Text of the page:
Hazaribagh and Kamrangichar, Bangladesh
Hazaribagh district is in Dhaka, Bangladesh, the most densely populated city in the world. Situated on the Buringanga River, the area is famous for its hundreds of leather processing facilities. In addition to housing more than 90% of Bangladesh’s tanneries, Hazaribagh is home to 185,000 people, 8,000 – 12,000 of whom work in the tanneries themselves. Human Rights Watch estimated 150 tanneries in the four-square kilometer area of Hazaribagh. Serious occupational and environmental hazards put community members at risk of severe long-term health impacts. Water, soil and air are all polluted by tannery operations, which effectively operated without any pollution control mechanisms to protect workers or the surrounding residents. Roughly 80% of Bangladesh’s leather production is exported. Multiple environmental and human rights groups have raised concerns over the severe environmental conditions surrounding tanning industries in Dhaka for more than a decade.
Kamrangichar district is adjacent to Hazaribagh and is home to hundreds of informal recycling and factory operations. Plastics are recycled to make inexpensive children’s toys, sandals, balloons, and household items. Scrap metal is melted down to make kitchen pots and utensils. There are also small textile and foundry operations. Like Hazaribagh, Kamrangichar is home to thousands of workers and families who are exposed to hazardous environmental conditions.
In 2014, TIFO completed a pilot assessment of the leather tannery community in Hazaribagh and of the small-scale factories in Kamrangirchar. TIFO conducted an environmental assessment to identify and characterize the degree and type of environmental contamination and occupational hazards in both communities and outlined initial interventions for reducing related morbidities and risks.
TIFO's work included a comprehensive literature review, data gaps/critical pathways analysis, and identifying contaminants of concern, critical data needs, and a proposed strategy for acquiring the missing information.
After a site visit, TIFO prepared a risk assessment for both communities and a conceptual site model that highlighted the most vulnerable groups in Hazaribagh. The lack of separation between occupational and residential settings, absence of any occupational safety precautions, and generally poor working conditions were highlighted in both communities. Further, TIFO found that the environmental contamination in Hazaribagh puts workers and residents at high risk of exposure to a suite of toxicants. People are exposed to contaminated air, water, and soil on a daily basis. Exposures occur in the workplace, at home, and during day-to-day activities. There is little difference between many of the occupational exposures experienced by tannery workers and residential exposures experienced by those living in Hazaribagh; the sub-standard housing, lack of sanitation infrastructure, and lack of separation between work and home result in intense exposures with no reprieve.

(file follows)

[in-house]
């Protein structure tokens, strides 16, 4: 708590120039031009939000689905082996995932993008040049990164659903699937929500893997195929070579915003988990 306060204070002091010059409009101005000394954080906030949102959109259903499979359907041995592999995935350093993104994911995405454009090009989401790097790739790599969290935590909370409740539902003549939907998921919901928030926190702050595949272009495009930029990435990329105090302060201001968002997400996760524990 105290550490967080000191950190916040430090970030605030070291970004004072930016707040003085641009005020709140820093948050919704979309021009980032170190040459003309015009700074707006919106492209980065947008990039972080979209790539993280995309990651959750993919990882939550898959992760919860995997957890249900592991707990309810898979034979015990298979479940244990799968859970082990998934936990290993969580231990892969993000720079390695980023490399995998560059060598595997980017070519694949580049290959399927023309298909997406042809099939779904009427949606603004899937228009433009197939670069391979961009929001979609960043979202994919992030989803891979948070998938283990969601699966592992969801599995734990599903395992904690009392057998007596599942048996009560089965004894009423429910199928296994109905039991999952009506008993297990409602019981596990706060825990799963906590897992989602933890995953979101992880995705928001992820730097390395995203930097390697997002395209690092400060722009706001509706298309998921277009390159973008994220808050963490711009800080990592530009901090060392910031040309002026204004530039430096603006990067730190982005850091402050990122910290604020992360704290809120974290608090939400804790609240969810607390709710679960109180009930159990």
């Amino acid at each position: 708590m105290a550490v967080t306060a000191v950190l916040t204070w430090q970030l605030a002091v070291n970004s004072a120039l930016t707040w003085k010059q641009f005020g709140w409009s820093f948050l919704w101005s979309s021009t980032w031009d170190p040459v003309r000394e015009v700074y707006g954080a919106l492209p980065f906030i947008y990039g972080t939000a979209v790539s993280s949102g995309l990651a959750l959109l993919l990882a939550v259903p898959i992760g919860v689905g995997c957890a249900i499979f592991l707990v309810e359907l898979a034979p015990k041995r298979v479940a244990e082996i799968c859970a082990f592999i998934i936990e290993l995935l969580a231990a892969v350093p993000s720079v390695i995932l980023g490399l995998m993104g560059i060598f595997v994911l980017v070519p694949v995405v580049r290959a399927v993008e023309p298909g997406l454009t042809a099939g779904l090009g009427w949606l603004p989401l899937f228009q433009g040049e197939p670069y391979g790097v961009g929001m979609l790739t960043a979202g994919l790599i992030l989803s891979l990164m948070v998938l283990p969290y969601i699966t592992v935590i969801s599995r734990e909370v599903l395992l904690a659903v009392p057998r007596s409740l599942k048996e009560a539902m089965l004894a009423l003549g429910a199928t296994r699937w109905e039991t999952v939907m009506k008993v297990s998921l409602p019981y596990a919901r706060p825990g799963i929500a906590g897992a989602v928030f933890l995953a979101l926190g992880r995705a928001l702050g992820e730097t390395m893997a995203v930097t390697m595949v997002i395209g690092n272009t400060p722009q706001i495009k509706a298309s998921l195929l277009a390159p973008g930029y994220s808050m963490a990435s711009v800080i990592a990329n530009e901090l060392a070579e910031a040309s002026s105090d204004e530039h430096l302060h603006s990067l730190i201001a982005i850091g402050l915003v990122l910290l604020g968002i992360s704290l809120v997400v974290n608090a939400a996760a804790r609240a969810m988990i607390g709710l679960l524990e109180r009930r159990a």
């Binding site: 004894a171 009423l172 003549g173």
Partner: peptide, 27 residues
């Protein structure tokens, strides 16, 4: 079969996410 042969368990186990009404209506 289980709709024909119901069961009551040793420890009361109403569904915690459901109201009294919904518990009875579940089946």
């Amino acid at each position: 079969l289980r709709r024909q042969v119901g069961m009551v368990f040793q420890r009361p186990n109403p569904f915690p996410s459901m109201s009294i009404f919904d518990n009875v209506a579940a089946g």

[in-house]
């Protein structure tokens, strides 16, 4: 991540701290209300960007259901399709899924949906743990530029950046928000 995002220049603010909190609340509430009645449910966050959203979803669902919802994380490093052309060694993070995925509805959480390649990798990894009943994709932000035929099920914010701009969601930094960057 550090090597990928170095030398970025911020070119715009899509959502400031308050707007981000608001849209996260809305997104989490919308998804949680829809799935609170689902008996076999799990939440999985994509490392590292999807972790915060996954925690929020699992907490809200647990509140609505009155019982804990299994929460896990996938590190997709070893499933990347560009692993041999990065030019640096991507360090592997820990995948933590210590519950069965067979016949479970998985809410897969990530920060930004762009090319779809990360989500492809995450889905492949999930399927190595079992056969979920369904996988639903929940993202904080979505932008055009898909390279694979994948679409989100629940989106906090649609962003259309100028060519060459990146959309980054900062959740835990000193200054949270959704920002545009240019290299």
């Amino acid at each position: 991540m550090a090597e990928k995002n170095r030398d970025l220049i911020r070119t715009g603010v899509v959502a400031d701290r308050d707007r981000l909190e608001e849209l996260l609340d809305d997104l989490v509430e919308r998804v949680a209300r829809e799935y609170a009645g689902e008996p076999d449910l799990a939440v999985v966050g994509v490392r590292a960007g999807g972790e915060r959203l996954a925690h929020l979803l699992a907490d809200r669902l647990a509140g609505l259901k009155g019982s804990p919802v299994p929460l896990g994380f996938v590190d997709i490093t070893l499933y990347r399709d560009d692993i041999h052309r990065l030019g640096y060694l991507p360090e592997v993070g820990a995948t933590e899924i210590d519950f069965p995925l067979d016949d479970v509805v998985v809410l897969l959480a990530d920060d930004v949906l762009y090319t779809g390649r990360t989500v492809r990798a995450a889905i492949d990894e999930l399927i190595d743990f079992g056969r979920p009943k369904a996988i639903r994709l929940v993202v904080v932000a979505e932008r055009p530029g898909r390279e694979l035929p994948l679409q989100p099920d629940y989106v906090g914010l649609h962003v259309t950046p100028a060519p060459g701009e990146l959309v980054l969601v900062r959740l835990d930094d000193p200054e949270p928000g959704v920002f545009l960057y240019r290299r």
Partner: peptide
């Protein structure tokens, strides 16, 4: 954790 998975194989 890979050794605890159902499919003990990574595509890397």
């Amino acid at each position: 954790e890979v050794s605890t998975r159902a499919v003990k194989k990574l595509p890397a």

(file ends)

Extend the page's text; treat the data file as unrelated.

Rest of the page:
The conceptual site model identified the child workers and child residents as the most vulnerable populations in Hazaribagh. While more information is needed to better inform a response to the most critical exposures, the team highlighted the risk of spending excessive resources attempting to complete a full site-based risk when preventative action is eminently needed to protect the most severely affected members of the community.
Since TIFO’s 2014 investigation, the Bangladesh government began constructing a central treatment facility for tanneries at another site in Savar. In 2017, the government relocated most of the tanneries to the new facility. While this is an important step, the new site’s treatment operations are not yet active, resulting in widespread contamination of Savar and leaving extensive legacy contamination in Hazaribagh that continues to impact the health of residents.